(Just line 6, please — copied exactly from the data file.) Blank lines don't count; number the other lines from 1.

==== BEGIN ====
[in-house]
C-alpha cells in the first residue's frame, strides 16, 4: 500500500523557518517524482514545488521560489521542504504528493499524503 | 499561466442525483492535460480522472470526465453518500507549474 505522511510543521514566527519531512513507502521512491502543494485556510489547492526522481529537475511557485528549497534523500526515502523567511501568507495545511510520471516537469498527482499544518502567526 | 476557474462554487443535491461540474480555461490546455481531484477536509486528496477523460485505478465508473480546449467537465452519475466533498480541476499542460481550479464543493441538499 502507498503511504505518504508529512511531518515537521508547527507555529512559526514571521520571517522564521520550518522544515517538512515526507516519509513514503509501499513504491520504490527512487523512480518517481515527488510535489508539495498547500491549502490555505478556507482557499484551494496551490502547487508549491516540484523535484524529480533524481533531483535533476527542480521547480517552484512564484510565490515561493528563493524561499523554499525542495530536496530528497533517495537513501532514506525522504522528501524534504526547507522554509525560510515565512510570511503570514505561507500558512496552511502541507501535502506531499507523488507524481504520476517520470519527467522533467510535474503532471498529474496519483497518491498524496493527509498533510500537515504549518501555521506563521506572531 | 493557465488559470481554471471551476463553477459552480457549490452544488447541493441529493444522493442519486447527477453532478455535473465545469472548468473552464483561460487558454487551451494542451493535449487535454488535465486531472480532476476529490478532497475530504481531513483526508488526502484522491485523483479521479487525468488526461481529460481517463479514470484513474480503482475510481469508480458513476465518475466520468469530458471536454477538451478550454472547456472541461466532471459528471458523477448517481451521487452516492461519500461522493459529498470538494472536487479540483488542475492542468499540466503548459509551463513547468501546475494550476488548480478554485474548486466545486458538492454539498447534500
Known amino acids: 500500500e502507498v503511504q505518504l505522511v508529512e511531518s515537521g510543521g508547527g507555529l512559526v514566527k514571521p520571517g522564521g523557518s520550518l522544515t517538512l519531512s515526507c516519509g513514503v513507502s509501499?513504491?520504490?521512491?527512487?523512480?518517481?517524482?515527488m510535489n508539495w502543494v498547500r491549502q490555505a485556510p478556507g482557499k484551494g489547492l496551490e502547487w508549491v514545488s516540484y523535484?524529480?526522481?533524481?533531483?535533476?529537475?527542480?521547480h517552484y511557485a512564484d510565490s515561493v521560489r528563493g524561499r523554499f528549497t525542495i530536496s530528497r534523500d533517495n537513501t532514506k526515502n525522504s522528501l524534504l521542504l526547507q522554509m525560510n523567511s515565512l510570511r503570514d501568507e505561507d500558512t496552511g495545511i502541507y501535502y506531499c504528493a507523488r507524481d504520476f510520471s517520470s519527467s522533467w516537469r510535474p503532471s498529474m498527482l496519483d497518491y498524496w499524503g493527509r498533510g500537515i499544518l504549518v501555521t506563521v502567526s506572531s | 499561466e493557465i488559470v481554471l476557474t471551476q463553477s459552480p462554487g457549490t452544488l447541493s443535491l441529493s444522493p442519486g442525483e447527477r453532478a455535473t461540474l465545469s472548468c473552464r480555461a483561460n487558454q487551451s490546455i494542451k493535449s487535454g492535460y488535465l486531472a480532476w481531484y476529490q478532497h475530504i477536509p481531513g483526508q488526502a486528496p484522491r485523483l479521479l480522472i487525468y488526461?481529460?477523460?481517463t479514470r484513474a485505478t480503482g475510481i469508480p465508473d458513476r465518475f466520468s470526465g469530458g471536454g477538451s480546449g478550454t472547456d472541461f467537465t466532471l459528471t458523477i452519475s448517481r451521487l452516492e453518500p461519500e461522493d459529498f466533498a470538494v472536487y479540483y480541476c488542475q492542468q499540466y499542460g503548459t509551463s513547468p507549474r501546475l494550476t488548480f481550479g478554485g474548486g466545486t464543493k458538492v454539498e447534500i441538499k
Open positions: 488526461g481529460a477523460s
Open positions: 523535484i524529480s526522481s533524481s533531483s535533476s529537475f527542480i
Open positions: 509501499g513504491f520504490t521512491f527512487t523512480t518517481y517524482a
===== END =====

Open positions: 509501499g513504491f520504490t521512491f527512487t523512480t518517481y517524482a